In spite of what the ads promise, getting a home mortgage loan is not as simple as clicking a mouse or making a quick phone call. And no, it can’t be done in one day.
Step #1: Become pre-approved for your mortgage loan before you go shopping.
When you want to purchase a home in Texas (or anywhere else) the first step is to become pre-approved for your mortgage loan. Note that I didn’t say “pre-qualified.” They are two different things, and only the pre-approval has meaning.
A pre-approval is an actual commitment from a mortgage lender to fund your home purchase up to a set limit. It is also your shopping guideline and will save you from the heartbreak of falling in love with a house you cannot buy.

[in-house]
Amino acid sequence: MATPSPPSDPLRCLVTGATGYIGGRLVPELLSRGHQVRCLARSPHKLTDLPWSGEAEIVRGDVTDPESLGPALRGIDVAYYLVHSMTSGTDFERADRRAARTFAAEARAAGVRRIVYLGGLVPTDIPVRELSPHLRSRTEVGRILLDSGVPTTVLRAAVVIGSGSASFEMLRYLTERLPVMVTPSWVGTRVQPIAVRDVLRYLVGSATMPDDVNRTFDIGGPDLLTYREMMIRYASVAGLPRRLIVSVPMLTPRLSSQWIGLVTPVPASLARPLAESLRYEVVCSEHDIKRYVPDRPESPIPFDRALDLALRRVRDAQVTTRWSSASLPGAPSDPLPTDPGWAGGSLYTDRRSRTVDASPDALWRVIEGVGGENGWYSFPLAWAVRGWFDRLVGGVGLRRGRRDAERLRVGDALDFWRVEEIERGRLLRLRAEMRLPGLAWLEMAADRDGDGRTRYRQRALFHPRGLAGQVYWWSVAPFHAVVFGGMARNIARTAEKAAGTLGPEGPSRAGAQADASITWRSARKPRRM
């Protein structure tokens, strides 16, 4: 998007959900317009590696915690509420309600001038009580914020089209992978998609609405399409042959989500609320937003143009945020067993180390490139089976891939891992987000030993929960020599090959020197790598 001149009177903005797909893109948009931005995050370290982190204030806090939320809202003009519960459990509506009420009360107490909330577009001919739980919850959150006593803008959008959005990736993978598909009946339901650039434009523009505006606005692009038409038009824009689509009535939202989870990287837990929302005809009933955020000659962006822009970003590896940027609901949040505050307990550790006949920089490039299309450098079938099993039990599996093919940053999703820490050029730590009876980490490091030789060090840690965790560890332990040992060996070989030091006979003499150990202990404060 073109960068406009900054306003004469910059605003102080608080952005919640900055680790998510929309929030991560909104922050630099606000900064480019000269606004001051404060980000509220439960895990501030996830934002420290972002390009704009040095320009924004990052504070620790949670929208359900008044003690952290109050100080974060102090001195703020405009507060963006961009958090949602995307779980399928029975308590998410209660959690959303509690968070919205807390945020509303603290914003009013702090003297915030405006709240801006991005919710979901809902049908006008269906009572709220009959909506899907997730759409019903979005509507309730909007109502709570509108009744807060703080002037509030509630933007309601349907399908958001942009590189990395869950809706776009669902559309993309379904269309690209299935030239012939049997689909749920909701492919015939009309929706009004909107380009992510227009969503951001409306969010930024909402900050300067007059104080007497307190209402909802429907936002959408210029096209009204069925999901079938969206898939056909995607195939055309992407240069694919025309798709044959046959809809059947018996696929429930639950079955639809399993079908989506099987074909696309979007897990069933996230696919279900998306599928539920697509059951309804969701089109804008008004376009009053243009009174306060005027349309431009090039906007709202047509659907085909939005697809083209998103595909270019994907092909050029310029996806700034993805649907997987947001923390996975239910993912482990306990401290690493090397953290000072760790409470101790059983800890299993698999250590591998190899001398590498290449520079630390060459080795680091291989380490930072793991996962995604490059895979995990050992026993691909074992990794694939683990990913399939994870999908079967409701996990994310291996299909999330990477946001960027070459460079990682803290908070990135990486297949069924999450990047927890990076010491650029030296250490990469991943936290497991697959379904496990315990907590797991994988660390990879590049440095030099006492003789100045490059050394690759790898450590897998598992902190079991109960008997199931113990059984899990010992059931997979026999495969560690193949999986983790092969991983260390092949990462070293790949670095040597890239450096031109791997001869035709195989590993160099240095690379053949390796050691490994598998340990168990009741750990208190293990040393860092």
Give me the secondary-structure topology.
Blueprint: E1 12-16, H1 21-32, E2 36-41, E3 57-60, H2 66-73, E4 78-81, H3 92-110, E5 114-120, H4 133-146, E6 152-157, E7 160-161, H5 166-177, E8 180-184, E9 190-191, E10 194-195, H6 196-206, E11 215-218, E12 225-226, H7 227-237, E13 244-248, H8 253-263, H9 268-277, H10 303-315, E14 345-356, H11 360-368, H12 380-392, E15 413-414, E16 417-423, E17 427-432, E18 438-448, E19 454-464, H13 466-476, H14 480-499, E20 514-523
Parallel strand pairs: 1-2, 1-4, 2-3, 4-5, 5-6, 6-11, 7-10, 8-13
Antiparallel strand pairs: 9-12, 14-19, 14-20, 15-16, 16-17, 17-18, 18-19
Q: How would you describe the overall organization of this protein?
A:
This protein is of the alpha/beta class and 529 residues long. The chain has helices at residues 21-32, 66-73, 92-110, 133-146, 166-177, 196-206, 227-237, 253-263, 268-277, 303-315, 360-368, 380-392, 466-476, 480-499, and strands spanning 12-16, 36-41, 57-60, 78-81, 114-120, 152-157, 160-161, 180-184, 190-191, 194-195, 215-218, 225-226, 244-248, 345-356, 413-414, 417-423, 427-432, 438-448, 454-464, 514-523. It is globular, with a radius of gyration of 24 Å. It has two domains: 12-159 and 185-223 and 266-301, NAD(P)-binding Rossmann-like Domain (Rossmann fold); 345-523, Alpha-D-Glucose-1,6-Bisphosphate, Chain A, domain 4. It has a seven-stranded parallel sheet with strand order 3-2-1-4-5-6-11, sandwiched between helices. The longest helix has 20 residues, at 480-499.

This commitment will remain in place as long as your financial status doesn’t change between the time of the approval and the closing on your home purchase.
In order to become pre-approved, you’ll have to provide your lender with:
- Two years of federal tax returns
- Two years of W-2 forms from your employer
- Pay stubs from the past 30 days, showing your year to date income
- 60 days or a quarterly statement of all your asset accounts. This would include checking and savings accounts, investment accounts, stocks, and bonds.
- Information on all real estate you currently own.
- Residential history for the past two years: proof of mortgage payments made or rental receipts and landlord contact information.
- Proof of down payment funds.
- Information regarding your financial obligations.
The lender will also access your credit history and learn your credit scores.
Step #2: Find a home, get an offer accepted, and pass the home appraisal.